WATCH: Developing Powerlifters Through the Role and Responsibilities of a Meet Director

TAGS: meet volunteers, meet promotion, equipment at meet, loaders, spotters, USAPL Midwest Regional, Maggie Kuhn, CBUS Lifting Co, meet director

In theory, running a powerlifting meet is simple. You provide the equipment, the judges show up to judge, and the lifters show up to lift. In reality, running a powerlifting meet is anything but simple. And if you have a high standard of quality for the meet you want to produce, the process becomes even more challenging.

In this video, Maggie Kuhn, owner of CBUS Lifting Co. and experienced meet director, gives an inside look at what goes into putting on a quality powerlifting meet.

The first thing Maggie addresses is the current state of powerlifting. USAPL had over 15,000 powerlifters join their federation in 2017 (memberships are on a per-year basis and must be purchased to compete in the federation during that calendar year). This number is just for one federation. There is exponential growth in the sport of powerlifting, and with growth comes growing pains, which many federations are currently experiencing.


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This new growth in powerlifting has brought in the lifters who are going to be the future of the sport. They will determine where this sport goes, which means it is incredibly important to develop these lifters and teach them the proper way to go about meets. One of Maggie's goals with developing these new lifters as they enter the sport is to provide what she calls "preliminary" or "training" meets (known by others as local meets). These meets, hard-capped at 50, are designed to expose lifters to precisely the meet layout that they will experience at a state, regional, or national championship. Ensuring lifters are introduced to this competition design from their very beginning in the sport better prepares them for the highest levels of powerlifting in the long-term.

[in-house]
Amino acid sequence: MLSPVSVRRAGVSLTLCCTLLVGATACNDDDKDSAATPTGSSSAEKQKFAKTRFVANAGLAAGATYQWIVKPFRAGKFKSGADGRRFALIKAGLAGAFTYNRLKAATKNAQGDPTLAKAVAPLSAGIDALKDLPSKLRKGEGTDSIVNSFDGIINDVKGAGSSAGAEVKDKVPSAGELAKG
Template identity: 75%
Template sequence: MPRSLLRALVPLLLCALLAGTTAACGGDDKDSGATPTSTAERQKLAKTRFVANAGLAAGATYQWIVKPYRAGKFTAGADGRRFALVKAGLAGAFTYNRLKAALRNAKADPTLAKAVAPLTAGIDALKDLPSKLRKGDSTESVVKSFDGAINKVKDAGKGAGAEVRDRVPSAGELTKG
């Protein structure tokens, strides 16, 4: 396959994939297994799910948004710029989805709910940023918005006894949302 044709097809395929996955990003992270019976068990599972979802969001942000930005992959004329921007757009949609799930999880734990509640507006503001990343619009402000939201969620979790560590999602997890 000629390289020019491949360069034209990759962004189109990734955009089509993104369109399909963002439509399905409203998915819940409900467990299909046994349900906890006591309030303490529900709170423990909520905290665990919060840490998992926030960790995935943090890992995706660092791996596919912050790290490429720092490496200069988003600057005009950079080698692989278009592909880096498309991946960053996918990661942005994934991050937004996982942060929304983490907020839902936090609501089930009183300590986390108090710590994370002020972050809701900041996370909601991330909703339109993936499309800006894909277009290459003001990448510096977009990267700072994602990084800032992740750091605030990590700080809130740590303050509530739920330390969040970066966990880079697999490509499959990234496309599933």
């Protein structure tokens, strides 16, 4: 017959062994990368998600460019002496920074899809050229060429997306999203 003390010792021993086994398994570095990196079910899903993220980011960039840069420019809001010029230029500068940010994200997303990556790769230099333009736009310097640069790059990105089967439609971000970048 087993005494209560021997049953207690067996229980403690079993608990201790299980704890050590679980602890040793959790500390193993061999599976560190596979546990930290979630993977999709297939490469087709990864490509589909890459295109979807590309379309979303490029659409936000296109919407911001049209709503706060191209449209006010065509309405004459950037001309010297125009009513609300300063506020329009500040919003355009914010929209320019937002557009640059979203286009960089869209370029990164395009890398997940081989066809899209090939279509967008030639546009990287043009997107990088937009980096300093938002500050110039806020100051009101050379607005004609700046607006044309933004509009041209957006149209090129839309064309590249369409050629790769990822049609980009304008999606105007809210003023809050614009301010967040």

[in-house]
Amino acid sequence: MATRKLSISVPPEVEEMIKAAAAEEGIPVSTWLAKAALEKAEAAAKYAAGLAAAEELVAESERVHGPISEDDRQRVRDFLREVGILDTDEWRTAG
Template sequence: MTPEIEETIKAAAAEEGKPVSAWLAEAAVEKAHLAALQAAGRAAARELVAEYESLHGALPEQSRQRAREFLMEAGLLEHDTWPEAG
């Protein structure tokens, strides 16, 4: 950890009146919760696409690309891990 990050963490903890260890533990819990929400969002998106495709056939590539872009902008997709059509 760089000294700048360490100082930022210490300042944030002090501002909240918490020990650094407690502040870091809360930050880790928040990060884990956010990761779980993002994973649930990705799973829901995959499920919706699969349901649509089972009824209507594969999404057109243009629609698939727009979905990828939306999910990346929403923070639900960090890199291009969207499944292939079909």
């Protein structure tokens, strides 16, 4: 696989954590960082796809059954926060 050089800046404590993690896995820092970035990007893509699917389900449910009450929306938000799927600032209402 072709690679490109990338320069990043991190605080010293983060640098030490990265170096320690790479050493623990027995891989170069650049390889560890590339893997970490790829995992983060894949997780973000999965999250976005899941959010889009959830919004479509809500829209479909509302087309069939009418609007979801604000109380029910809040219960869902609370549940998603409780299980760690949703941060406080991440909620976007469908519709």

Maggie then discusses the things a meet director is responsible for, including sanction approval with the federation, securing a venue, promotion, and legal documentation. A common misconception is that a meet director has input on rules or regulations, which is not the case; those decisions are made by federation authorities.

She then goes into detail discussing her own purpose as a meet director and her ambitions to improve the sport of powerlifting in Ohio. It all began when she was at a state meet and was dismayed by the warm-up area and the competition space. As she continued to visit other meets, she discovered it was not abnormal for Ohio powerlifting meets to have inadequate equipment or space. Discovering this void is what led to her involvement.

For the remainder of the video, Maggie walks through the things she believes are most important for meet directors and for providing powerlifters who enter the sport. She gives tips for things such as securing a venue, promoting the meet, registering lifters, refunds, meet equipment, weigh-ins, spotting, and judging.

By the minute:

  • (0:20) The biggest challenge powerlifting federations are currently facing
  • (2:30) Developing the lifters who are the future of powerlifting
  • (5:55) The meet director's role
  • (8:37) Maggie's purpose as a meet director and the role of volunteers
  • (9:40) How Maggie became interested in directing meets
  • (11:41) Maggie's first meet
  • (13:32) The price lifters pay for competing
  • (14:25) Meet promotion
  • (16:46) Lifter registration
  • (18:34) Lifter refunds
  • (22:10) Equipment at the meet
  • (26:40) Weigh-ins
  • (28:40) Spotters and loaders; Eric and Mike
  • (31:30) USAPL Midwest Regional

Images courtesy of FlashFit Photography

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